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The Well-Polished Junkie

Back in the day, a junkie was someone who was not kept, maybe homeless or looking years beyond their age.  Today, there is a new type of junkie who is well-polished both physically and mentally.  Society might not be able to spot this person in a million years.  They are high school/college students, doctors, lawyers and yes even teachers.  So, why is it that these folks are running under the radar?  Well, when someone is a drug addict the last thing in the world they want is to be discovered.  Therefore, he or she will do anything to keep their addiction a secret.

For the addict, the planning and thinking that goes into a drug habit is extremely detailed.  For instance, if a person has an important meeting to attend at work then he or she may curb the amount of drugs they ingest in order to be at the top of their game.  This is very common. Yet, the moment the person gets a chance to fully indulge into their drug of choice they will do just that.  It’s like the old saying, “when the coast is clear….”

Of course, not all addicts can wait to do something safely without being seen or noticed.  In these instances, the addict may skip the meeting or be one step ahead by starting off by saying that they are under the weather, that they are on medication from their doctor.  Also, it would not be out of the norm for an addict to create some elaborate lie.  I have heard of a client saying they had been up for days because their child ran away from home and this was not the case.  It was just a story to cover their addiction.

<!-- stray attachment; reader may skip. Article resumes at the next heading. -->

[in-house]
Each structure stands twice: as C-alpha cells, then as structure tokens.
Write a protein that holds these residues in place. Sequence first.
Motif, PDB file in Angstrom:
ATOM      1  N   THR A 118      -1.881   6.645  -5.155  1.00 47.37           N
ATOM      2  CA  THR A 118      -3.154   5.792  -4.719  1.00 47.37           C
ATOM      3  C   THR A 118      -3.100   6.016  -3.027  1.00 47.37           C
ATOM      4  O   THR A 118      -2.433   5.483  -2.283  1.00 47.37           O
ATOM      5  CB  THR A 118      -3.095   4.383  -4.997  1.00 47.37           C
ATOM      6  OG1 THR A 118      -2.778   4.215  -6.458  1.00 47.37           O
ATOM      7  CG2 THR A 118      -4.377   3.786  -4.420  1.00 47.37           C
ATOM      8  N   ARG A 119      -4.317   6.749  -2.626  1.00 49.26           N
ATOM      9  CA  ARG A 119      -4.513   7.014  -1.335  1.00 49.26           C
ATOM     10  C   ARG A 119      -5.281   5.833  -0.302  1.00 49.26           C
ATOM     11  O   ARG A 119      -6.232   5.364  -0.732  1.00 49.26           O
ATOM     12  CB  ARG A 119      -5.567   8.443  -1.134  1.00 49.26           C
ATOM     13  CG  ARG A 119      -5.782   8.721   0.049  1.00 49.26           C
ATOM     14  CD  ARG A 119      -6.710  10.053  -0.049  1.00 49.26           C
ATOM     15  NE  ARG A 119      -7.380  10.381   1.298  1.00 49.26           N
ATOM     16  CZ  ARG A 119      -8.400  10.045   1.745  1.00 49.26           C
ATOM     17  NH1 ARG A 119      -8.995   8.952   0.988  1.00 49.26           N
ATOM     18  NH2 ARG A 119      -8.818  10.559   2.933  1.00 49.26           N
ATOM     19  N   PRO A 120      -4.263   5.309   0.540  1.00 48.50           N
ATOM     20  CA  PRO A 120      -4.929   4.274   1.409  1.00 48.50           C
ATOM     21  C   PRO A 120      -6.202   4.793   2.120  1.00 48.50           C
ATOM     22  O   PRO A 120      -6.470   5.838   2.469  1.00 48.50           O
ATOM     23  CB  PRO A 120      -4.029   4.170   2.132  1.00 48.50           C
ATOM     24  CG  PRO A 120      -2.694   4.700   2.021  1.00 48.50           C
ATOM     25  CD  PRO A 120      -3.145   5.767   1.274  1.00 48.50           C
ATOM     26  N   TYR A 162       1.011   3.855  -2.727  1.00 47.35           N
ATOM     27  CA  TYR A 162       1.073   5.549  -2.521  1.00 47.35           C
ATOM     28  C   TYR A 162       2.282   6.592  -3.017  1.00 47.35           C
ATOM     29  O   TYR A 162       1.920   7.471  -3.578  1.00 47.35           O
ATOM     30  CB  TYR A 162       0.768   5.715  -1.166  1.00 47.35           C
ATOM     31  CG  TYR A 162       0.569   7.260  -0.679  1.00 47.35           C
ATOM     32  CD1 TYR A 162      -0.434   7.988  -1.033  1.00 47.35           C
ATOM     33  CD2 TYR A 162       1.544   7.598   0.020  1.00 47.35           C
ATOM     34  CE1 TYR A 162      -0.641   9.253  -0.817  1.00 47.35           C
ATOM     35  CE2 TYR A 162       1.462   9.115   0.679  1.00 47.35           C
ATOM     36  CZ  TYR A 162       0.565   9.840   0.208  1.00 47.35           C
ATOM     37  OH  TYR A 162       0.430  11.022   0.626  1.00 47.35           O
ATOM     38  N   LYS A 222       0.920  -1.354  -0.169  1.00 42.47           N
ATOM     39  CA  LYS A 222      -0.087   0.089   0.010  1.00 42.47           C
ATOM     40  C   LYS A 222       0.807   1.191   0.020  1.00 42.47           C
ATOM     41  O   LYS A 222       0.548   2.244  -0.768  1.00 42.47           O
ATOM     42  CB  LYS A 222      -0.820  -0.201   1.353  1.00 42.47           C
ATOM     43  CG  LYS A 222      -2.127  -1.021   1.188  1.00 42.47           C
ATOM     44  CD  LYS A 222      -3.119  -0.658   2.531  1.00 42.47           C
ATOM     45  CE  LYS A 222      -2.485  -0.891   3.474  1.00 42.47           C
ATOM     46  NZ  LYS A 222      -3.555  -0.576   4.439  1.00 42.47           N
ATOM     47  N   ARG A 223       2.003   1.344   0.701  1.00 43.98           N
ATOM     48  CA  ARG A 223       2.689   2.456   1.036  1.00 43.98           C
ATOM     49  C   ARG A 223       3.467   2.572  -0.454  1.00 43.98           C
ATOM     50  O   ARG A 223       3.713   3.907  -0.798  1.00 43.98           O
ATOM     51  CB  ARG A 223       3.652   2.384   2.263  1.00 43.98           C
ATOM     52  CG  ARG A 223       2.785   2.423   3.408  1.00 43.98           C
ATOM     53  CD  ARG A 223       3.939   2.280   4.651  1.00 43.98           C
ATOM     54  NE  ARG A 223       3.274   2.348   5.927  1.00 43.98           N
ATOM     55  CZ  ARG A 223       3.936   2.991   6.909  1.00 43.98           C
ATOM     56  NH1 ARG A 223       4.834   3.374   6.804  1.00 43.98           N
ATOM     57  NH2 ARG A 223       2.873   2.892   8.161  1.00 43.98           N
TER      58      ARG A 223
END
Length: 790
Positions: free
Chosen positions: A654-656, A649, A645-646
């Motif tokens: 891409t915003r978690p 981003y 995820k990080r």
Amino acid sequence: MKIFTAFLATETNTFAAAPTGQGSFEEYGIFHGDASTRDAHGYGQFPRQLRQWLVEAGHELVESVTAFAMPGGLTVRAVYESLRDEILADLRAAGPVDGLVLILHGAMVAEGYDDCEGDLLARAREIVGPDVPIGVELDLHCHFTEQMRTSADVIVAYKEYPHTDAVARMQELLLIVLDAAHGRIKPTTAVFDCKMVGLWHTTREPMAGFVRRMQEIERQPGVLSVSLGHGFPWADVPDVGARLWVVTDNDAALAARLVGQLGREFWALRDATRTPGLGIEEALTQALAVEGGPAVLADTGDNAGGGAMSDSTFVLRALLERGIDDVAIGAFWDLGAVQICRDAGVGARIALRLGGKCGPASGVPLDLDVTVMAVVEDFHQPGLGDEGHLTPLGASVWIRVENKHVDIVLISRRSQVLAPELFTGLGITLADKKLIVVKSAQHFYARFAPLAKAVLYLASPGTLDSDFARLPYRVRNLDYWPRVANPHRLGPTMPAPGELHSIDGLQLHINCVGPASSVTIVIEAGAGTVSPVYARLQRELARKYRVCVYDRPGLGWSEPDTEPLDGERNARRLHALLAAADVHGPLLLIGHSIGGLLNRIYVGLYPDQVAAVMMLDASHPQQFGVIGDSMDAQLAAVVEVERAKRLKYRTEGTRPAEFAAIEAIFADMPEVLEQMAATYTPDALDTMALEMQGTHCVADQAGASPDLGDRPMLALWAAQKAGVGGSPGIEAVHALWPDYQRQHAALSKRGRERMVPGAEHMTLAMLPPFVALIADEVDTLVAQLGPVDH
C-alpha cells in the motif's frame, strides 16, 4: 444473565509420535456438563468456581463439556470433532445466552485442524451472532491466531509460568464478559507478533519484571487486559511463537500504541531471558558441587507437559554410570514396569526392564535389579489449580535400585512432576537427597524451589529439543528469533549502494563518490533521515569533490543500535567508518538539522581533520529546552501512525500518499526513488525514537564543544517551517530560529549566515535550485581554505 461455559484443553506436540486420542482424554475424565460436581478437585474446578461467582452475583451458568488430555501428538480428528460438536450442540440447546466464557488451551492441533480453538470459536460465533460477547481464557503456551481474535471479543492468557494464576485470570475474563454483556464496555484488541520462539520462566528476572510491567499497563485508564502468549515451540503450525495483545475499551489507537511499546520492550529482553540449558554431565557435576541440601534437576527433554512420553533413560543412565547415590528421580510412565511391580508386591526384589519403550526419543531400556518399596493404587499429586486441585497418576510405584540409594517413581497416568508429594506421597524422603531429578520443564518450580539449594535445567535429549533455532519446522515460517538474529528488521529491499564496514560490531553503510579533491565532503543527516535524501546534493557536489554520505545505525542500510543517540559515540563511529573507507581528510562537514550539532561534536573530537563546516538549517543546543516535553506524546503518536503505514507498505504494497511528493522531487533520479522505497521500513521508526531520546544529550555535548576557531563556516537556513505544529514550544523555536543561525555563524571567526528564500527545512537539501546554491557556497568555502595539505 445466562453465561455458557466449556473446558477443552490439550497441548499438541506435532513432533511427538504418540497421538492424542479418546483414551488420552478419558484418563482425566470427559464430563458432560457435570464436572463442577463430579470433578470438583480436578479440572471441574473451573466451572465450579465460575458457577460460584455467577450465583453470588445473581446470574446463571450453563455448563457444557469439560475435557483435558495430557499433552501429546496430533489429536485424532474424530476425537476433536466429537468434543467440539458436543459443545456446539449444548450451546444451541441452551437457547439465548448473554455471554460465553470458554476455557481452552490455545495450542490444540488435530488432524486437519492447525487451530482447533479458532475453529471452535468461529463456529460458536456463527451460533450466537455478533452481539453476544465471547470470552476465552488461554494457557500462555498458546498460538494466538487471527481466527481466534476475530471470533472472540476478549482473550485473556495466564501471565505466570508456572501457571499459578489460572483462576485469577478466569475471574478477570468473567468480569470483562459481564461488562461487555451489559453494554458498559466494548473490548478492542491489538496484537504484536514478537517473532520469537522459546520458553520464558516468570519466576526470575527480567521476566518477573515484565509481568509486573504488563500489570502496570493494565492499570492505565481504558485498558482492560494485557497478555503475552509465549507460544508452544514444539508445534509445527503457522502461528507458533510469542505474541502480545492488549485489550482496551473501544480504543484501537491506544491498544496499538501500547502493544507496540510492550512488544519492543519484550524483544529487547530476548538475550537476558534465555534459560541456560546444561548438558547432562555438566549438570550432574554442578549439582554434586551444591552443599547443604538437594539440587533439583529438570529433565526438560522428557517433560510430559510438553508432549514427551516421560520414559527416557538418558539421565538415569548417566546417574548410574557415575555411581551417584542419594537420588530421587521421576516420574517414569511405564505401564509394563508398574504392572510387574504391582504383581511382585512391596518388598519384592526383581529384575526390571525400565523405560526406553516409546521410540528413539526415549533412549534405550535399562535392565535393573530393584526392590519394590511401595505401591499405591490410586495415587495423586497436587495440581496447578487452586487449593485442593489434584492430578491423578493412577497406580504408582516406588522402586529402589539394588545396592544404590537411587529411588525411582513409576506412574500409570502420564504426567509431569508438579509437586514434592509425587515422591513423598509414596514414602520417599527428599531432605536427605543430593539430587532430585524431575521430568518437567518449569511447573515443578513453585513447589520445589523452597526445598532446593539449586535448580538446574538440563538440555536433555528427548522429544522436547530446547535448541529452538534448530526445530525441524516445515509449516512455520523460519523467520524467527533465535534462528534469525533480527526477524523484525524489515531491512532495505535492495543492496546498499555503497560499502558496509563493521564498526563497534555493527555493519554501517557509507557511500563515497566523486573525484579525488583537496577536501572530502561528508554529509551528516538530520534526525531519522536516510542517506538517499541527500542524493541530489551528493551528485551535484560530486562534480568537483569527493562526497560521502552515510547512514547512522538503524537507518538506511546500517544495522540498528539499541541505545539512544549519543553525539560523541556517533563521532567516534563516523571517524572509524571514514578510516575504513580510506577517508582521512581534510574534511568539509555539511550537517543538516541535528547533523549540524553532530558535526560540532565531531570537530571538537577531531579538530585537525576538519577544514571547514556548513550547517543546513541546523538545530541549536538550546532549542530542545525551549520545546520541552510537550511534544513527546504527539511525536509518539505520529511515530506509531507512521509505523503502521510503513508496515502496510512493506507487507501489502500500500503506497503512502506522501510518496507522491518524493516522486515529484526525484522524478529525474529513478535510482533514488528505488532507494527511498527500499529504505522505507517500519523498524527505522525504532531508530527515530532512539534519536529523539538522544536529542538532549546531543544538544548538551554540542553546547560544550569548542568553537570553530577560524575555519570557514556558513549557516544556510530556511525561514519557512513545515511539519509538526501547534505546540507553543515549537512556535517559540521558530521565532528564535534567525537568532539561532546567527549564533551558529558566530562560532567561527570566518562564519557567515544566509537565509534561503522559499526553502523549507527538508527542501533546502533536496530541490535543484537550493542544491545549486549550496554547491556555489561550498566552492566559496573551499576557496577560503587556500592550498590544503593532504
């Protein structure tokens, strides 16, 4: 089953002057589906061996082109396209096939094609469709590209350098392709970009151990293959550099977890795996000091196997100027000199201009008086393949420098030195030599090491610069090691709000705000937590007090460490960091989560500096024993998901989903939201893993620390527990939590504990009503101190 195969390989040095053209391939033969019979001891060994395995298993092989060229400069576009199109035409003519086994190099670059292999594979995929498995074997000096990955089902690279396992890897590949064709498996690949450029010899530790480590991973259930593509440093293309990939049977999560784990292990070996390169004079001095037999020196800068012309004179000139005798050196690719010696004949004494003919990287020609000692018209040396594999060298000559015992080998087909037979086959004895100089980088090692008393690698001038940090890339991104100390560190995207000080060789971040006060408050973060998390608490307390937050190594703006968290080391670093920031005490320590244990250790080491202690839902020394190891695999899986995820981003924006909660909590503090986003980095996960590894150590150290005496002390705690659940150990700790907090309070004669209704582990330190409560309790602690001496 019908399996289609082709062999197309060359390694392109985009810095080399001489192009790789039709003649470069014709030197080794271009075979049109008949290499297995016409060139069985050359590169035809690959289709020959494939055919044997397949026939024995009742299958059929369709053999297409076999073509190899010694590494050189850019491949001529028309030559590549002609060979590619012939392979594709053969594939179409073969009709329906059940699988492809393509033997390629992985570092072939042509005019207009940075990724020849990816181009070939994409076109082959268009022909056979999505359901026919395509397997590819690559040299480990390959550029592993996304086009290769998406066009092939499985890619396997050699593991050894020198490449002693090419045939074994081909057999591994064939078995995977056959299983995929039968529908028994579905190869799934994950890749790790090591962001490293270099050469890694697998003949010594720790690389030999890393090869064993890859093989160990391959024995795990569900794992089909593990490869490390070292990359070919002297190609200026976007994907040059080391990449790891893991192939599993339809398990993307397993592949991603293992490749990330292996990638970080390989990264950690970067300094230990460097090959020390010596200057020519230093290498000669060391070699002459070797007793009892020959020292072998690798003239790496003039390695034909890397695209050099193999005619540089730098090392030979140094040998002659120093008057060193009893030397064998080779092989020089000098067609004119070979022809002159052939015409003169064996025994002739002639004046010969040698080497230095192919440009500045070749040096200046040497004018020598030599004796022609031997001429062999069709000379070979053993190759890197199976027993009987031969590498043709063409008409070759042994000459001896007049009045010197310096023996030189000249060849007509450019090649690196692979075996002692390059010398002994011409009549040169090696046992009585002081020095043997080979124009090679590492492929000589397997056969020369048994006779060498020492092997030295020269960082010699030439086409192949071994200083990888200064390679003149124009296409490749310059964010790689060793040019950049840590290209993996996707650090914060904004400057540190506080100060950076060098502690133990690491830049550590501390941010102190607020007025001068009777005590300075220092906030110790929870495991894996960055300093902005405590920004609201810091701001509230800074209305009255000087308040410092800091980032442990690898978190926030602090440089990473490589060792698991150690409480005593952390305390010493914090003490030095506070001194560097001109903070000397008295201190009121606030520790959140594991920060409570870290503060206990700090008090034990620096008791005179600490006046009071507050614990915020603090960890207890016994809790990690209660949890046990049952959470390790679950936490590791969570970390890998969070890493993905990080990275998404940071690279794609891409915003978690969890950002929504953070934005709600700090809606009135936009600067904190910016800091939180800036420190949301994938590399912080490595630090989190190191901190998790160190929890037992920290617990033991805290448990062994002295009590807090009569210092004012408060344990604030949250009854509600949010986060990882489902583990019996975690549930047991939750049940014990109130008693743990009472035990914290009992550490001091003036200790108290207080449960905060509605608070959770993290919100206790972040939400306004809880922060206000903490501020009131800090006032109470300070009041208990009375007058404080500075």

Don’t Judge a Book by Its’ Cover!

Other ways to hide a person’s addiction might be wearing long sleeves, using eye drops or by not saying a whole lot. Some addicts go as far as lying that they have laryngitis.  Another way is to “dress the part”.  Who would expect a drug addict to be well kept? That’s why we have the saying, “don’t judge a book by its’ cover”.

At any rate, it just doesn’t matter what your background is.  Addiction affects all walks of life.  A recent article discusses this idea but also talks about how one addict is willing to go to any lengths to stay clean.  So, addiction is not always easy to see.  But, if we are aware that it does impact all realms of society then we can be more helpful to those in need.

The Well-Polished Junkie, hide

The Well-Polished Junkie. You just never know who might have a problem.

The Momentum of Addiction-Dave Rogers

Sometimes people have a trauma in their lives and the next day their addiction starts.  For most people, it’s kind of gradual.  It’s starts with experimentation or social and then it picks up momentum.  Eventually, it goes off the cliff. Now, he or she does not have any brakes and they can’t stop it.  Then, it’s got them.  So, one way to look at this is we have our first drink or our first joint and we get a bump from it.  It feels good and we come back down and then we have another.  The person might think, wow that felt great.  But, the person gets a hangover and that doesn’t feel so good.

So, then we get this thing called tolerance and the person uses more but they are not getting additional effects. Their hangovers are feeling worse.  This is called the law of diminishing returns.  For instance, two drinks used to do it but doesn’t do it anymore. Four drinks do it now, eventually it’s going to take eight and then eight doesn’t do it anymore.  Therefore, the person needs ten just to get started.  Long story short it’s starts looking like this:  The person starts experiencing withdrawal and one of the main reasons he or she uses is just to feel normal again.  That is the momentum of addiction!

Alcohol Addiction Center and Being Authentic